Urban Romance: Photographer Matt Weber captures decades of love on the subway
Subway Kiss #1 by Matt Weber
6sqft’s series The Urban Lens invites photographers to share work exploring a theme or a place within New York City. In this installment, Matt Weber shares his “Urban Romance” series. Are you a photographer who’d like to see your work featured on The Urban Lens? Get in touch with us at [email protected].
A born-and-bred Upper West Sider, photographer Matt Weber has been watching New York all his life, taking pictures of everything he can. Over the years, he accumulated many photos of love, or at least, public displays of affection. Though people are constantly kissing all over the world, there’s something especially gutsy, memorable, and nonchalantly confident in a subway kiss. For many, a quick peck or a full-on makeout session is among the least desirable things when you’re being crushed like a sardine, underground, in a moving metal tube. Yet, New Yorkers do it constantly – a documented fact.
Just in time for the most romantic day of the year, we had a chance to talk with Matt Weber about his photography, his “Urban Romance” series, and how New York has changed since he started capturing it.
What inspired you to photograph your Urban Romance series?
The series is just an accumulation of images taken over the past 30 years. I like photographing happiness, sadness, and action.
What emotions do you find most readily photographable in New York?
Mostly love and hate. I try to photograph anything that might be a record worth looking at in 20 or 30 years.
Do you feel the subways, as well as the rest of the city, have become less photogenic as New York gentrifies?
I was a graffiti artist as a teen and when I began photographing New York I overlooked the subway at first. I felt I had been there and done that. That was a huge mistake. The interest in 1980s graffiti is overwhelming and I have very few photos of it. I didn’t think it was going to be so important, and I wish I had taken more pictures of the subway in its heyday. The clean trains of today are certainly less interesting, but the people riding them can still do some very wild stuff.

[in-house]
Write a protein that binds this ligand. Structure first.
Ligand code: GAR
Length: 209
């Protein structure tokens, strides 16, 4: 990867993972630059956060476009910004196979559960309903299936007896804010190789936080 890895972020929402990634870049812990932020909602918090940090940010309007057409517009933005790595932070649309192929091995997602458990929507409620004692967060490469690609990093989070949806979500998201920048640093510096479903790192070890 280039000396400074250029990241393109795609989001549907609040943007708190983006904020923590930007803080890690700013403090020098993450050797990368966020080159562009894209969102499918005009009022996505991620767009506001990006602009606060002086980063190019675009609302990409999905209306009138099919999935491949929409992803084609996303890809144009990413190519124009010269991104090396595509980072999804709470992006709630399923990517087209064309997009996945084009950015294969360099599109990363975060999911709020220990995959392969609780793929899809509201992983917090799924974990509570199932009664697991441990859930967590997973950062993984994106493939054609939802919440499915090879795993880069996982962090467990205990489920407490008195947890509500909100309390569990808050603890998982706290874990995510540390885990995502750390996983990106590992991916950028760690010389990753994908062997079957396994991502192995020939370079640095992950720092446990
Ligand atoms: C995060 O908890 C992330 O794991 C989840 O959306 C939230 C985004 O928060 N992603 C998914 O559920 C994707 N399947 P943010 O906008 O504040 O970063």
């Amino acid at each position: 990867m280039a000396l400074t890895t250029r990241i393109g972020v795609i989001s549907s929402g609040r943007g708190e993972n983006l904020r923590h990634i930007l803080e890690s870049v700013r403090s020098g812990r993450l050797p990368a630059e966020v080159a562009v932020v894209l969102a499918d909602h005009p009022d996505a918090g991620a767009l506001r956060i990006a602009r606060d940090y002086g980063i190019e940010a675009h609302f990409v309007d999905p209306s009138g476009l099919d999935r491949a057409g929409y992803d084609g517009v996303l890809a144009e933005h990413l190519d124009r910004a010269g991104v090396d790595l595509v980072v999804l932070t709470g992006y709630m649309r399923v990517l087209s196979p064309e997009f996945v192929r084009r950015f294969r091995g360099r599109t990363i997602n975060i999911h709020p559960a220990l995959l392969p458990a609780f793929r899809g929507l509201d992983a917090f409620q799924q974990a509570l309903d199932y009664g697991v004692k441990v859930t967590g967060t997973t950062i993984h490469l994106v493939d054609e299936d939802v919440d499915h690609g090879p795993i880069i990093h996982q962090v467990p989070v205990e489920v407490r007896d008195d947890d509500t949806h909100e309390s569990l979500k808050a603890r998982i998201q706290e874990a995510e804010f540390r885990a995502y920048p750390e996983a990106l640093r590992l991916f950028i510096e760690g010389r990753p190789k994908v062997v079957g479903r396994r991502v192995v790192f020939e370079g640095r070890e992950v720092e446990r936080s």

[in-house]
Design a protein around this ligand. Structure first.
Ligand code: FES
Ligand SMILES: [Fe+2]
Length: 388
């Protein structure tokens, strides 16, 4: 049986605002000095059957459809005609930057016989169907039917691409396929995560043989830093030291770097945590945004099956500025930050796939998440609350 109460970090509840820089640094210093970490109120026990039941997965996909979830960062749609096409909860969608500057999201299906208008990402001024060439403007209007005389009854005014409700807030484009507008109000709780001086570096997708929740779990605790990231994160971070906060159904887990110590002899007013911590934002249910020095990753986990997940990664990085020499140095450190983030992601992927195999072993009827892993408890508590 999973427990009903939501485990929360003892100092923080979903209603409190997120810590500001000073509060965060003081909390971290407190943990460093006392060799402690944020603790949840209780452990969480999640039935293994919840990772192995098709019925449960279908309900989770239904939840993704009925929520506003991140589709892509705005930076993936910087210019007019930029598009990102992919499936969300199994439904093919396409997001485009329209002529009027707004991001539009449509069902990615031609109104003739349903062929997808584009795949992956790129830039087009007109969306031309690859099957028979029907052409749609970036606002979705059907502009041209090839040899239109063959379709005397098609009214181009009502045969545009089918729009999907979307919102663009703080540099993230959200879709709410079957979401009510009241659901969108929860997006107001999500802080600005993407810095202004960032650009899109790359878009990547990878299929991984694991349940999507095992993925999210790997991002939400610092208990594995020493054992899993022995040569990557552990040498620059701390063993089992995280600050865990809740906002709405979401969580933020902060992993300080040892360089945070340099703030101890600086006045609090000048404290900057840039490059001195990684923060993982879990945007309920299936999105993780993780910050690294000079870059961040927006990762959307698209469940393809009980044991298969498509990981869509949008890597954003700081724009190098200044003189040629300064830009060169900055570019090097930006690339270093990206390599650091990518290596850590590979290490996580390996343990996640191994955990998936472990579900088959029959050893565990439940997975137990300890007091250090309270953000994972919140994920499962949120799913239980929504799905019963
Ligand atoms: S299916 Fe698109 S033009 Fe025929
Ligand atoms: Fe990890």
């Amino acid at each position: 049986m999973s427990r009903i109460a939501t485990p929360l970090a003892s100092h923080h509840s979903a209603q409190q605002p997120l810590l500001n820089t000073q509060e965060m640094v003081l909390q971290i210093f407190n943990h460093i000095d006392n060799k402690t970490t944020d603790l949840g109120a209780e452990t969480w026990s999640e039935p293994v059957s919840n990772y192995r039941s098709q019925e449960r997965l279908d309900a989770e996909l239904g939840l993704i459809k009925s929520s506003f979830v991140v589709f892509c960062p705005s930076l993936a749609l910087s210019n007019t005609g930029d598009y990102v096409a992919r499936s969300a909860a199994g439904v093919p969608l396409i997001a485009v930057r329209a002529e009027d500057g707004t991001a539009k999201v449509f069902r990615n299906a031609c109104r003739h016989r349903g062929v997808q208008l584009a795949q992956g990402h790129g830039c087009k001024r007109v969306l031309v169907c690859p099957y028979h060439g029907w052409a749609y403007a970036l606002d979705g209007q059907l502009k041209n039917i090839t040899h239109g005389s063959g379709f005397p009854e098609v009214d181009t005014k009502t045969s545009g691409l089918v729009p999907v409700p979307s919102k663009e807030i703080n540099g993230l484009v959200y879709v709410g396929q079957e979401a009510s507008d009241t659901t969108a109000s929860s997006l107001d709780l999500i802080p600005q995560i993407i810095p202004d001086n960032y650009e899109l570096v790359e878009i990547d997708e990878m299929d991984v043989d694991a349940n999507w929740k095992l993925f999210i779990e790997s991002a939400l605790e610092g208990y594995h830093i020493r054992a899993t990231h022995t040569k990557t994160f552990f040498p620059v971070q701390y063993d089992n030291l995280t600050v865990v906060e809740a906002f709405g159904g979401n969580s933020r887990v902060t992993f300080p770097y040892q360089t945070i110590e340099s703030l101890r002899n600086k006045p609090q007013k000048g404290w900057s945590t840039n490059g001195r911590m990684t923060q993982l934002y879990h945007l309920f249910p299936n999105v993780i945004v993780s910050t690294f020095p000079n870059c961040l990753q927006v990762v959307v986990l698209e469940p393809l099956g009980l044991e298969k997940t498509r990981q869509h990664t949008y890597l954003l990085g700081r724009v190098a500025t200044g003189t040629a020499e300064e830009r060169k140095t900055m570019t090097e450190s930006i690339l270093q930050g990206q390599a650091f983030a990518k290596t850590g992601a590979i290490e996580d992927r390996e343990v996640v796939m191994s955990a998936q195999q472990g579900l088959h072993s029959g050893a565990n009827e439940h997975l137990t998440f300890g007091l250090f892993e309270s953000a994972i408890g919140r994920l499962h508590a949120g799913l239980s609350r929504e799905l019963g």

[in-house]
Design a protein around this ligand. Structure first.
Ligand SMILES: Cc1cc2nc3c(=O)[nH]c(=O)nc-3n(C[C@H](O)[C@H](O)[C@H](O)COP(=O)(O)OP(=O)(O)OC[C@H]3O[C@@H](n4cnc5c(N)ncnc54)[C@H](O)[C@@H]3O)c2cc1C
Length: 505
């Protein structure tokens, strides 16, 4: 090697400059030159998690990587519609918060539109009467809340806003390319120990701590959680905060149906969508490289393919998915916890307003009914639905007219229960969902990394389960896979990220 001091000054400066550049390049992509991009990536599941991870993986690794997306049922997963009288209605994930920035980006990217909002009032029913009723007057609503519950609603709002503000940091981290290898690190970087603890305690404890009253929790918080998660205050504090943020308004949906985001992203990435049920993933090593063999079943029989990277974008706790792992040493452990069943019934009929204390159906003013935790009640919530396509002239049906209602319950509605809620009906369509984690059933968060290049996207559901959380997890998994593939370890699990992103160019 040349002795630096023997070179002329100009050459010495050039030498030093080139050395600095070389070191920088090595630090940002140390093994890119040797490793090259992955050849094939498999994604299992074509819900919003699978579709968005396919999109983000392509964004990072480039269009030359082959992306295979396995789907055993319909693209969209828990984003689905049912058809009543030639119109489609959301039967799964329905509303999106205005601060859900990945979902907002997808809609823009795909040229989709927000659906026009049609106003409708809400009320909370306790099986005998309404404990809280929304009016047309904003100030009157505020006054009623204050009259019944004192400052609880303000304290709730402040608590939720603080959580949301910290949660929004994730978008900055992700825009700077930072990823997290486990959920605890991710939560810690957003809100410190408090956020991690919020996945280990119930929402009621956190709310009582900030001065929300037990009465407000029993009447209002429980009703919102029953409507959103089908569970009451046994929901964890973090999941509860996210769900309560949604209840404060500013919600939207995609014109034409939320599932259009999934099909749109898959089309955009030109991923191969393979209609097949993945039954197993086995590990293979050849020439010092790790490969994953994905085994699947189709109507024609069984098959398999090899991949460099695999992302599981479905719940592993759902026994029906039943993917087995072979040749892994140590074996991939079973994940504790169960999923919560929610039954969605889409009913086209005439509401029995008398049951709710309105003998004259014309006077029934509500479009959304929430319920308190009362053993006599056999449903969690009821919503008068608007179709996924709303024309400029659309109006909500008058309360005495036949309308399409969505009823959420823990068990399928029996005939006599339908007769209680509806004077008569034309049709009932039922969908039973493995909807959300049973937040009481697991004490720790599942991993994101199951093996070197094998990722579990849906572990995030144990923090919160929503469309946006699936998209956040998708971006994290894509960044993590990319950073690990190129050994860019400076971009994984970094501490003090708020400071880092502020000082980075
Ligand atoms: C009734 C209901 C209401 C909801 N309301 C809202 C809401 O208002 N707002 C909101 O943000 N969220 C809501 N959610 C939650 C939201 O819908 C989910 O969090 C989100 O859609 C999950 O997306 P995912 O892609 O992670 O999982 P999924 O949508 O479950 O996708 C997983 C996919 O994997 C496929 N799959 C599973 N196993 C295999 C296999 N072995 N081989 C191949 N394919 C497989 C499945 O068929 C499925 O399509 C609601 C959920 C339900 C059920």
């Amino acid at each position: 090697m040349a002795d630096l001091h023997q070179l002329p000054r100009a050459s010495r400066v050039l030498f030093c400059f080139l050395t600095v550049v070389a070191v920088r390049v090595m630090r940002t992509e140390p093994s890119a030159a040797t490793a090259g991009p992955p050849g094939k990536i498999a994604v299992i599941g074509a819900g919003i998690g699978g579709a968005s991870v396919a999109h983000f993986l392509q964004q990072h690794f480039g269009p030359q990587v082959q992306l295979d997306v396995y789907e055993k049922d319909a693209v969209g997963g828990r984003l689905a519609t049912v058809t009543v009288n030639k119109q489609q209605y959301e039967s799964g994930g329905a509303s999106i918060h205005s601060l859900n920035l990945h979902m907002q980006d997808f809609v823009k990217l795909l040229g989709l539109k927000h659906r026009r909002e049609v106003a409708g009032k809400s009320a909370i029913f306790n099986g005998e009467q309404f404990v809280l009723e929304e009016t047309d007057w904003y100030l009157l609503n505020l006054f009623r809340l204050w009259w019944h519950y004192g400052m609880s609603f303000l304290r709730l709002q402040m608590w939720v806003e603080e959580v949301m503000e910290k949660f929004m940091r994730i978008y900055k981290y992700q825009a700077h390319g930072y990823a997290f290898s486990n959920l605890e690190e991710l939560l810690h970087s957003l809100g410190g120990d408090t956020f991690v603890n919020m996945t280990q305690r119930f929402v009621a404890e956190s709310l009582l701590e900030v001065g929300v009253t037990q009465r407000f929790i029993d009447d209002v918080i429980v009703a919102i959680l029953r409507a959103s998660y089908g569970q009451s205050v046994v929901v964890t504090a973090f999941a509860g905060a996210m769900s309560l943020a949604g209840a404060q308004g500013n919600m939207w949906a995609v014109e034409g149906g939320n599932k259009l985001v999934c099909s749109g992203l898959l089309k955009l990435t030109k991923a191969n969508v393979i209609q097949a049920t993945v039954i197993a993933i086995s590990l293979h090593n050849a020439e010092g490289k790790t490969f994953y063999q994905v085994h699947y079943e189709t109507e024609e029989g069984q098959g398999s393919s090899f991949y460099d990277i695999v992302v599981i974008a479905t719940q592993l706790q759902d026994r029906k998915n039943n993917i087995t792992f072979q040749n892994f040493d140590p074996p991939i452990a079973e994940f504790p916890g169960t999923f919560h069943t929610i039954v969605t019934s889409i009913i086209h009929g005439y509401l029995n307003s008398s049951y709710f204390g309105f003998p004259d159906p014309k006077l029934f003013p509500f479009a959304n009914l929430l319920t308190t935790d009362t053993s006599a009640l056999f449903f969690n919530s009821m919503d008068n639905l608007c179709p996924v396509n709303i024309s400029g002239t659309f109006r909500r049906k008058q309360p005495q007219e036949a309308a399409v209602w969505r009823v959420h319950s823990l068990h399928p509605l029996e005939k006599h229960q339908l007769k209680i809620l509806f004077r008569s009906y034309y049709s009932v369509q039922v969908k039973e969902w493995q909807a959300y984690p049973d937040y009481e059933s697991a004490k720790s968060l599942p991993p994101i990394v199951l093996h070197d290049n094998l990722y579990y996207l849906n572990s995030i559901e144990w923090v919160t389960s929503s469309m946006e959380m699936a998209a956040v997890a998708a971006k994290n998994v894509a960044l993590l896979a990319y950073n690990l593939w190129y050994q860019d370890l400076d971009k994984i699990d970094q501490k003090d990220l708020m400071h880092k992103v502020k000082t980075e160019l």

Regarding images like Bodega Fight – do you get the same, if any, rush from photographing action shots as you do from photographing the subway, which in a sense is a perpetually active scene?
A fist fight is usually pretty short in duration, and considering that people usually don’t want to be photographed while assaulting someone, I have to be very careful not to become a victim. I’m too old to fight some jacked up younger guy or gal, so I’m careful to not be noticed. It’s the only time I might “shoot from the hip.” If I’m lucky to get a great picture of a fight, it’s pretty special.
What do you like to shoot these days?
I still shoot Coney Island during the summer, and the subways are unavoidable, so I get a few snaps here and there. Slowly but surely all of the subjects I have photographed continue to accrue, and I basically leave my house with few expectations and the “street” offers its wealth of possible images to me each day. I just have to be quick, or I’ll miss the day’s best shot, and that will bother me for longer than it should!
What’s your favorite New York romance film?
That’s easy. “West Side Story” with Natalie Wood.
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All photographs © Matt Weber